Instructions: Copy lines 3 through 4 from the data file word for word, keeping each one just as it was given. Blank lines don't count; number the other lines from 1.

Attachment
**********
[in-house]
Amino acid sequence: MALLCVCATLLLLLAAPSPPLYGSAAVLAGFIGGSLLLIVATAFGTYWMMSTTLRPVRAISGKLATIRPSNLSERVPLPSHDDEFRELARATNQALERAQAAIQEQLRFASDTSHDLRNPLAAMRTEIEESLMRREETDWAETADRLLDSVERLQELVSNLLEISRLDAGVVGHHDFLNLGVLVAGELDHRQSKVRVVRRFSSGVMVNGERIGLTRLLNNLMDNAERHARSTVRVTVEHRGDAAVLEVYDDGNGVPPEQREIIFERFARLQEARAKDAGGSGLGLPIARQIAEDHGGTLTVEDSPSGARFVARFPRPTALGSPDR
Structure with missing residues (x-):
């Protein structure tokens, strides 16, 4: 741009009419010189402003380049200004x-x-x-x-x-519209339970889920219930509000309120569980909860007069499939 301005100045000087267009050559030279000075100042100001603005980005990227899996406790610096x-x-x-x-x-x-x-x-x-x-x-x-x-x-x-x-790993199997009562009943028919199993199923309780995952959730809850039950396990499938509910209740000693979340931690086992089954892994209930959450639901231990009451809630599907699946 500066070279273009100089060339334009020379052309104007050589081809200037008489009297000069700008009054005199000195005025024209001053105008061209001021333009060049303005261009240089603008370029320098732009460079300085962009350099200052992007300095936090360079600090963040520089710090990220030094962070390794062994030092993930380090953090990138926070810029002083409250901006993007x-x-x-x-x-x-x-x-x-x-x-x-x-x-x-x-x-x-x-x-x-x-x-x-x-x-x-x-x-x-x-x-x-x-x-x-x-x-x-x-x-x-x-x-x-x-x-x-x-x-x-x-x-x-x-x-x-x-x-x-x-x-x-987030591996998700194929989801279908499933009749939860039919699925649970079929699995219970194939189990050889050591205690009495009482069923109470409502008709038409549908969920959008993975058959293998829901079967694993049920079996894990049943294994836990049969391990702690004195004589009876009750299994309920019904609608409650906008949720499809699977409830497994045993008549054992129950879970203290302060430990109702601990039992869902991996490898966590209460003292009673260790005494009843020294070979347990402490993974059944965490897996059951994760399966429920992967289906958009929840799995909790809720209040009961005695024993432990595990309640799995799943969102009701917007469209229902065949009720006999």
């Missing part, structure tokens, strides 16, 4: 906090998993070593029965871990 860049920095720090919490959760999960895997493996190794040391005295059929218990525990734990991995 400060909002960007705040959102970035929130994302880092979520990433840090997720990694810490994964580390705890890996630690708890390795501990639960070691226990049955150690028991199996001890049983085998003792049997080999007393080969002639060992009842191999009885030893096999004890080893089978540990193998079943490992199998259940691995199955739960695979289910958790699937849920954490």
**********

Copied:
Structure with missing residues (x-):
């Protein structure tokens, strides 16, 4: 741009009419010189402003380049200004x-x-x-x-x-519209339970889920219930509000309120569980909860007069499939 301005100045000087267009050559030279000075100042100001603005980005990227899996406790610096x-x-x-x-x-x-x-x-x-x-x-x-x-x-x-x-790993199997009562009943028919199993199923309780995952959730809850039950396990499938509910209740000693979340931690086992089954892994209930959450639901231990009451809630599907699946 500066070279273009100089060339334009020379052309104007050589081809200037008489009297000069700008009054005199000195005025024209001053105008061209001021333009060049303005261009240089603008370029320098732009460079300085962009350099200052992007300095936090360079600090963040520089710090990220030094962070390794062994030092993930380090953090990138926070810029002083409250901006993007x-x-x-x-x-x-x-x-x-x-x-x-x-x-x-x-x-x-x-x-x-x-x-x-x-x-x-x-x-x-x-x-x-x-x-x-x-x-x-x-x-x-x-x-x-x-x-x-x-x-x-x-x-x-x-x-x-x-x-x-x-x-x-987030591996998700194929989801279908499933009749939860039919699925649970079929699995219970194939189990050889050591205690009495009482069923109470409502008709038409549908969920959008993975058959293998829901079967694993049920079996894990049943294994836990049969391990702690004195004589009876009750299994309920019904609608409650906008949720499809699977409830497994045993008549054992129950879970203290302060430990109702601990039992869902991996490898966590209460003292009673260790005494009843020294070979347990402490993974059944965490897996059951994760399966429920992967289906958009929840799995909790809720209040009961005695024993432990595990309640799995799943969102009701917007469209229902065949009720006999």